Permissions of pubkey.kbx not retained through changes
Closed, WontfixPublic

Description

When changes are made to pubring.kbx, the file is moved to pubring.kbx~ and a
new file is created with permissions based on the user's umask. This should
probably be created with the permissions of the original file, or read/write for
only the owner. Observed with GnuPG 2.1.17.

Example, with different umasks:

[user@host ~/.gnupg]$ ls -l pubring*
-rw------- 1 user group 5632 Jan 17 20:00 pubring.kbx
-rw------- 1 user group 4453 Jan 17 20:00 pubring.kbx~
[user@host ~/.gnupg]$ umask 0000
[user@host ~/.gnupg]$ gpg --edit-key anykey

<make some changes and save>

[user@host ~/.gnupg]$ ls -l pubring*
-rw-rw-rw- 1 user group 4453 Jan 17 20:01 pubring.kbx
-rw------- 1 user group 5632 Jan 17 20:00 pubring.kbx~
[user@host ~/.gnupg]$ umask 0027
[user@host ~/.gnupg]$ gpg --edit-key anykey

<make some changes and save>

[user@host ~/.gnupg]$ ls -l pubring*
-rw-r----- 1 user group 3829 Jan 17 20:02 pubring.kbx
-rw-rw-rw- 1 user group 4453 Jan 17 20:01 pubring.kbx~

Initial creation of tofu.db is also based on the user's umask, unlike other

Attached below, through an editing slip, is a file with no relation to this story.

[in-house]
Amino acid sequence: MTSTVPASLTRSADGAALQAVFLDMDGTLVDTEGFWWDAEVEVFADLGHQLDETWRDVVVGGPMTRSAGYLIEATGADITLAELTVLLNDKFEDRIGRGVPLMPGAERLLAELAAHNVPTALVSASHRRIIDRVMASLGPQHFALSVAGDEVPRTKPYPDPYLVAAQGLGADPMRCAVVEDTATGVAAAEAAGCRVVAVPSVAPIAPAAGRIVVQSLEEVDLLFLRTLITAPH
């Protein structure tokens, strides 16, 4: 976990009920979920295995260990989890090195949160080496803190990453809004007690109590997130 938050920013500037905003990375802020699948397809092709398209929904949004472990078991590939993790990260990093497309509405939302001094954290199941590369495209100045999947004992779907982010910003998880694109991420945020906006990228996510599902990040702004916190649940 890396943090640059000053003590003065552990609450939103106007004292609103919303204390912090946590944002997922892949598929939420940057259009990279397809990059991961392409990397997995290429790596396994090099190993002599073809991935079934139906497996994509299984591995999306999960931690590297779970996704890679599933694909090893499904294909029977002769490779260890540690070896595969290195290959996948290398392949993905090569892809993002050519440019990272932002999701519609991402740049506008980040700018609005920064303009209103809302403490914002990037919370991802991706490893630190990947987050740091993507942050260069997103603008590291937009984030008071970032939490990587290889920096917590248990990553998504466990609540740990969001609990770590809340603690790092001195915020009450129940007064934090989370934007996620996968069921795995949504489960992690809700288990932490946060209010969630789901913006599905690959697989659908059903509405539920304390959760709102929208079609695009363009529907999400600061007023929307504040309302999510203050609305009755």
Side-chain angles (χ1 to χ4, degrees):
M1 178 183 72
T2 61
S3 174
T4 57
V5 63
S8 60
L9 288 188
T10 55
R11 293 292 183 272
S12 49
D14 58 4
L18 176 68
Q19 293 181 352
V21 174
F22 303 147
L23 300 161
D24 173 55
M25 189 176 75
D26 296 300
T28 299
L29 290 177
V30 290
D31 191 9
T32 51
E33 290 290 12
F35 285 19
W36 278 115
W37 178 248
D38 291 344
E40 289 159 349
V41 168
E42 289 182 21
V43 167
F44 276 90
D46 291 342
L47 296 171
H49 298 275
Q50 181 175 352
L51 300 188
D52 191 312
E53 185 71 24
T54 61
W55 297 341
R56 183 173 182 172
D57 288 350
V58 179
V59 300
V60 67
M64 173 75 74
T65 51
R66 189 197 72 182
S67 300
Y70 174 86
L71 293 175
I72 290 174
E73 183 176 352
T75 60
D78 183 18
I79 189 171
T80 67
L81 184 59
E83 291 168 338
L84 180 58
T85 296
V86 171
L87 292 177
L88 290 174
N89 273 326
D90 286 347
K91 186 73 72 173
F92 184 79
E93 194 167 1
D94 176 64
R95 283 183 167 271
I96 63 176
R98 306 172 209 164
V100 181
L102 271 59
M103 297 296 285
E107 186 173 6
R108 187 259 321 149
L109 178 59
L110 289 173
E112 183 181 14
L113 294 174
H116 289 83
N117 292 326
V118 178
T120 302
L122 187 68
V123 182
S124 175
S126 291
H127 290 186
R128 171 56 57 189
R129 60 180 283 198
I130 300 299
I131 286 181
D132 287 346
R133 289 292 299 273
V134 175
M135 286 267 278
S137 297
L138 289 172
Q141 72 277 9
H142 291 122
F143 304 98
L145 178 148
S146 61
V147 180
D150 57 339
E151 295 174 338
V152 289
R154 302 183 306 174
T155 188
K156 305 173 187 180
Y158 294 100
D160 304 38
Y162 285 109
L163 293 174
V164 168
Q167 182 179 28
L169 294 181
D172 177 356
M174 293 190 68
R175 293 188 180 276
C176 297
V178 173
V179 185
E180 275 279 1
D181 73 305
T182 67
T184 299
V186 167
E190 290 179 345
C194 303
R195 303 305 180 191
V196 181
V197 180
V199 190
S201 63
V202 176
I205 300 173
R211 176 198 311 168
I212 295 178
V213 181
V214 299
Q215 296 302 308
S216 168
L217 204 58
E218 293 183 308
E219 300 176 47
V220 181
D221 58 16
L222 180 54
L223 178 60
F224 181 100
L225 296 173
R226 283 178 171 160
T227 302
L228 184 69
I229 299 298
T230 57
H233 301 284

files (such as trustdb.gpg), though write permissions are not granted to
group/other.

Details

Version
2.1.17
codmyre set Version to 2.1.17.
codmyre added a subscriber: codmyre.
werner added a subscriber: werner.Jan 23 2017, 10:06 AM

I don't consider this a minor bug.

The pubring does not contain secret information but only sensitive data, like
many files in a user's $HOME. The umask is the standard Unix way of restricting
access for new files. For files holding secret data we explicitly set the
permissions.

werner lowered the priority of this task from Normal to Low.Jan 23 2017, 10:06 AM

I nearly filed this as a minor bug to start with. Apologies for the
mis-classification.

My thinking was that there are a few rarer cases on unattended/shared
environments where this may be an issue. Scripts may deliberately be using a
umask that allows write permission to files it's creating, not expecting that
pubring (or other keyring) changes will create a new file. Other users/services
may need read permission to those keyrings, and actually end up with write
permission. This is potentially a problem despite the data not being secret.

Granted, the above hypothetical situation is uncommon and easily worked around
with better design/testing, but it might catch people out.

Let's move that to master.

werner closed this task as Wontfix.Wed, Feb 10, 11:13 AM
werner claimed this task.

Eventually we will move to keyboxd which is already an experimental option in 2.3. Thus we won't do anything here.